The early kingdoms from the East Angles, Mercia and Northumbria to Wessex, This map shows the physical aspect of the part of Britain that would become England, as well as its nearest Celtic neighbours

If you ever go to the Flemish-speaking part of Belgium or the Netherlands, North Germany - or further north to Jutland

Travel north along the coast of Continental Europe from Ostend you notice the difference in the way Flemish, then Nederlandse (Dutch), North German and Jutland Danish is spoken. You'd only notice the marked difference if you went straight from Ostend to Aarhus, but on the ground the speech is 'graded' amongst the local population in the same way as travelling north in England between, say London and Berwick-upon-Tweed, or Exeter and Carlisle, likewise in any country.

You have regional differences within language groups as you have differences within the same language. Between Jylland and Sjaelland (Jutland and Sjaelland) in Denmark there are differences in the way Danish is spoken, although the distance covered is more over water than land and a lot less than between London and Berwick-upon-Tweed. There are differences between the Scandinavian languages on paper, but again 'graded' on the ground as you cross between Denmark and Sweden, Sweden to Norway. Icelandic and Faeroese is closer to Old Norse and markedly different to Norwegian, although in the early days of migration they would have spoken the same language..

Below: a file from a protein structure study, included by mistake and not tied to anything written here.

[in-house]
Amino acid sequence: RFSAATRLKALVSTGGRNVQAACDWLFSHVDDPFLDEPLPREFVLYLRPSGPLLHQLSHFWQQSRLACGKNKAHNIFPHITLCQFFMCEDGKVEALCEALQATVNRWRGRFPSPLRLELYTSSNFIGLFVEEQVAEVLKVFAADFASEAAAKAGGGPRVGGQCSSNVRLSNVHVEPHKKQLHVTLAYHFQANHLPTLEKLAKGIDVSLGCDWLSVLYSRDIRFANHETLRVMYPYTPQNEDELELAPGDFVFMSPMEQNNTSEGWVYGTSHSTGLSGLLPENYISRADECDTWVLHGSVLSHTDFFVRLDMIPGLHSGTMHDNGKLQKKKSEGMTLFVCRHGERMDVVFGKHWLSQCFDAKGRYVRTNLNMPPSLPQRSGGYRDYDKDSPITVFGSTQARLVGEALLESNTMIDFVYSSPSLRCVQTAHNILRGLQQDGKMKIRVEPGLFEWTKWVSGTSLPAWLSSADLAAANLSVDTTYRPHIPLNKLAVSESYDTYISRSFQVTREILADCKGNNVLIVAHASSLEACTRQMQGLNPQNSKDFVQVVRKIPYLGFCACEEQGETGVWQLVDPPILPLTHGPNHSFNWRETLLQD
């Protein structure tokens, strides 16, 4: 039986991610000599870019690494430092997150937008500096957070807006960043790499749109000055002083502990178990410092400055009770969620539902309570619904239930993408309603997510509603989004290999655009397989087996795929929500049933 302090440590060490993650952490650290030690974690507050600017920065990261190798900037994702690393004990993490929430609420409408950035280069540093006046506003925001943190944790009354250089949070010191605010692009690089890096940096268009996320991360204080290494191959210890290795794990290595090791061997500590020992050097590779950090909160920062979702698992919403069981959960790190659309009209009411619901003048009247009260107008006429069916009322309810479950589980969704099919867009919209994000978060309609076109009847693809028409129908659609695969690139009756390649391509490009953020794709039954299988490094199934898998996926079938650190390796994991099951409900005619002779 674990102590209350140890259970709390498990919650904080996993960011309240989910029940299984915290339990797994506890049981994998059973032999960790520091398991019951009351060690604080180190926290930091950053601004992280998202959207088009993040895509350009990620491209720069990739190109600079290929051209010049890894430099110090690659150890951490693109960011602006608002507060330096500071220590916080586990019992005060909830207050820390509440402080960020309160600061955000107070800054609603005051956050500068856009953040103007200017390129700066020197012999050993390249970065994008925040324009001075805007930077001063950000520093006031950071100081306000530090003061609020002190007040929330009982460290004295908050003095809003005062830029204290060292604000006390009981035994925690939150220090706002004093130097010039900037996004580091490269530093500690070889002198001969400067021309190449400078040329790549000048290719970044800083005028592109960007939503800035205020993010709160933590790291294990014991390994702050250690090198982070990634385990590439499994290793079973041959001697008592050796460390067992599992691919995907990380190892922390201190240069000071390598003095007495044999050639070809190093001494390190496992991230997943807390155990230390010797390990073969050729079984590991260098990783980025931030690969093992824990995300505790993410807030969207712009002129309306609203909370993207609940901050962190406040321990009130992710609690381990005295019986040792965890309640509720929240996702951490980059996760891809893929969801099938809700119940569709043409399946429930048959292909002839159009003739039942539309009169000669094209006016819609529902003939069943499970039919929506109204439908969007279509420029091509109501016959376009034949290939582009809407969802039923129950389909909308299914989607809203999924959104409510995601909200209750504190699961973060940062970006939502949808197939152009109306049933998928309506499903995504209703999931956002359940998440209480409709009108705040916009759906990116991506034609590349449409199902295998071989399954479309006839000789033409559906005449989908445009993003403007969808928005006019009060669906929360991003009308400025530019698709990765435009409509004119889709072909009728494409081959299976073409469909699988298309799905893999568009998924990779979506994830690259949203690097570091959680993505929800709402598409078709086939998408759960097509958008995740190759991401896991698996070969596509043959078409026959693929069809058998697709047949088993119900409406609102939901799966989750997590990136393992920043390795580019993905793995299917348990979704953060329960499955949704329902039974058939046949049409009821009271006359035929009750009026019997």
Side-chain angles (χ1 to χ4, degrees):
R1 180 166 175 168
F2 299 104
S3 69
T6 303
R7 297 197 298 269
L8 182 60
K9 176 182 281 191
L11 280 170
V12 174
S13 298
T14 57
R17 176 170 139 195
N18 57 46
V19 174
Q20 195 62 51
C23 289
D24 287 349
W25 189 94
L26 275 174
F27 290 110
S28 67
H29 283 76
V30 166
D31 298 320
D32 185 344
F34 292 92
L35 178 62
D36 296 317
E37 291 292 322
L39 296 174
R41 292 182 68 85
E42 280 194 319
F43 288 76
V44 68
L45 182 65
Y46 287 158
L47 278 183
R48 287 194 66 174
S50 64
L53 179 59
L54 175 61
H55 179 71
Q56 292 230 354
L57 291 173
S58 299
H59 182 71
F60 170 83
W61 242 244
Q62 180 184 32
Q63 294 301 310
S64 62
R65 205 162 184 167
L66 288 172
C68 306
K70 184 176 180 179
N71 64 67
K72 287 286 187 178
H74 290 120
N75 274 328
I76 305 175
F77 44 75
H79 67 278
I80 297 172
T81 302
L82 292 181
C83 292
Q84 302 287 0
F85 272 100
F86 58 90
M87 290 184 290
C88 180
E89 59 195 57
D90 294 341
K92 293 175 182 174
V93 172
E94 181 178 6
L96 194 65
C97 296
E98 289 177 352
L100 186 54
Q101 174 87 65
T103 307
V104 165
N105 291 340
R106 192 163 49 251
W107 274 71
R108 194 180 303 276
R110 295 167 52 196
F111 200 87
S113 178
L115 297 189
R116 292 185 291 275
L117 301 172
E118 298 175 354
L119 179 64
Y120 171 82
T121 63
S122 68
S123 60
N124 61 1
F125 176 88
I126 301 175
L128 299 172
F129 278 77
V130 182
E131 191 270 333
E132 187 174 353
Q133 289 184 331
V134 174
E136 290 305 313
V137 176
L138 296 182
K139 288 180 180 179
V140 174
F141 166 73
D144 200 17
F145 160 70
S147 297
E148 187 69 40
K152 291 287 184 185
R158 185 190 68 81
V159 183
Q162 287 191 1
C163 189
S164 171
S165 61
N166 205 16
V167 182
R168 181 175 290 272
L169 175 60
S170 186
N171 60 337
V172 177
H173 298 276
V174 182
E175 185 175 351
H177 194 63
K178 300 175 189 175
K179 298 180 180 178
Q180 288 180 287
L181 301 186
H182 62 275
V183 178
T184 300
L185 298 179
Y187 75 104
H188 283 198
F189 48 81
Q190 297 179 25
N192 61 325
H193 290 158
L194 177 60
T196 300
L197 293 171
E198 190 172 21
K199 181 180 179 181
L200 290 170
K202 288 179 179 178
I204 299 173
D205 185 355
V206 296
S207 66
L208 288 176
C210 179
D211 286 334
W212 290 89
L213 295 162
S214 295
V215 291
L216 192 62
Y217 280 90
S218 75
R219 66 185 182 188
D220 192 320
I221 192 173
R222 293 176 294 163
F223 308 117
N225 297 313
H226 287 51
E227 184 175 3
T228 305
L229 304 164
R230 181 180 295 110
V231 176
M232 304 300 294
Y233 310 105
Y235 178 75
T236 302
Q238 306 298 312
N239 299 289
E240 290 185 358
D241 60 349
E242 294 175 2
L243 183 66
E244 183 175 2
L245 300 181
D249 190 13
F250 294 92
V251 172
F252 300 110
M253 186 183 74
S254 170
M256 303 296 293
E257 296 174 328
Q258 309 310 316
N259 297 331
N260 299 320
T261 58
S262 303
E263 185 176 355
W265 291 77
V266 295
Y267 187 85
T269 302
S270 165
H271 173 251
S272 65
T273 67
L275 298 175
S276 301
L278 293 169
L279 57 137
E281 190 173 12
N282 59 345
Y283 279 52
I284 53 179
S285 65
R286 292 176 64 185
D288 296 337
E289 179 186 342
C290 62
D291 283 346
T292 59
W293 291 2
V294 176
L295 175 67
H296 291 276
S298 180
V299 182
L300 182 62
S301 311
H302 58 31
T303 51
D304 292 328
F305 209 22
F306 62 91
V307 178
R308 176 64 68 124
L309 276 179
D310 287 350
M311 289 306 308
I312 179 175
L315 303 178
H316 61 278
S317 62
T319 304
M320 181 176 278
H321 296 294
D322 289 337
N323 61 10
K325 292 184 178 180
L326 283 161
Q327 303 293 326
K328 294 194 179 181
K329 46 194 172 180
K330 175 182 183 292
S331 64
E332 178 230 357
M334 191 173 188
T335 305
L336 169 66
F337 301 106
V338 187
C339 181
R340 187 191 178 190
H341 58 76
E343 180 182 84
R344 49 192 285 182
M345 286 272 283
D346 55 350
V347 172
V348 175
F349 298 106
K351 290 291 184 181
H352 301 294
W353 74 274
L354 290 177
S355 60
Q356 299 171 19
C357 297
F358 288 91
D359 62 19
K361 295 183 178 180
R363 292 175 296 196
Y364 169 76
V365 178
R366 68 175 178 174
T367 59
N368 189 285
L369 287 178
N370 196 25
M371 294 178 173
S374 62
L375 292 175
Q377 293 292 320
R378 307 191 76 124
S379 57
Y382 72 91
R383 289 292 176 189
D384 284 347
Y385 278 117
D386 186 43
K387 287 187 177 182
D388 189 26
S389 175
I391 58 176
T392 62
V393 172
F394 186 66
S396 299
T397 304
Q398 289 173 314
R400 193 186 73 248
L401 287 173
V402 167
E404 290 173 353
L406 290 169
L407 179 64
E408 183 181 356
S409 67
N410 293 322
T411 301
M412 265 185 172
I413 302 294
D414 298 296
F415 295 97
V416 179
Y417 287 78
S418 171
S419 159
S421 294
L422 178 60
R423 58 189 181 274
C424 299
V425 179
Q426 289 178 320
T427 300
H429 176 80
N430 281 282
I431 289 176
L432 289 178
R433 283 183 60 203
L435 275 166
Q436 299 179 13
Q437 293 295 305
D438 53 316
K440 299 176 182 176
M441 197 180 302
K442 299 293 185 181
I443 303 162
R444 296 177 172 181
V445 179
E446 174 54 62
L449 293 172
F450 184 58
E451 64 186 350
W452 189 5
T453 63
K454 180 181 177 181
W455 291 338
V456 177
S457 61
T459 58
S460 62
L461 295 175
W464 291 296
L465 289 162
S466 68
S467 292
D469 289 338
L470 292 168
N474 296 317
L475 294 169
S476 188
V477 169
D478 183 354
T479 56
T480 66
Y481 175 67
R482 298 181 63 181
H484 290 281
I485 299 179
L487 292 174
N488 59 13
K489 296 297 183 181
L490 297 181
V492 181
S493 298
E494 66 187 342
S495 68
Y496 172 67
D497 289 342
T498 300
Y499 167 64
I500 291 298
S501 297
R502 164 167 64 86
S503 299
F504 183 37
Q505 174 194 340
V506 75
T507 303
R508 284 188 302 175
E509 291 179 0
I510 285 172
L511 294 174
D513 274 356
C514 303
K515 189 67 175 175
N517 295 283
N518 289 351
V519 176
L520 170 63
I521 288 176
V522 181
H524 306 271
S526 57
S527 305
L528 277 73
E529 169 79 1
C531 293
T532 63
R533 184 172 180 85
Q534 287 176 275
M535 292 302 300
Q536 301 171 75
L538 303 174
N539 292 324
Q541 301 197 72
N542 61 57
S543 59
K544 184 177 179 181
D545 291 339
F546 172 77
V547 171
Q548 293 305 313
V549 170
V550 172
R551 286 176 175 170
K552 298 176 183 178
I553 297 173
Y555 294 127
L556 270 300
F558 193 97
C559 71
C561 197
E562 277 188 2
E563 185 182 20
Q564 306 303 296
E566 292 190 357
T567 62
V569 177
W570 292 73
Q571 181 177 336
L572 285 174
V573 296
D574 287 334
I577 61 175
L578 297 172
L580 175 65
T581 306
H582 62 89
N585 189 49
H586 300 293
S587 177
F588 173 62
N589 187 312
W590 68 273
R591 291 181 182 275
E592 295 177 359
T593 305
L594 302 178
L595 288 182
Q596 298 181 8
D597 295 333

)Peterborough Chronicle (E)

Peterborough Chronicle (E) the last of the chronicles to cease being written around the time of King Stephen's death in AD 1154. The only one written in the vernacular  - of East Anglia (Anglo-Danish)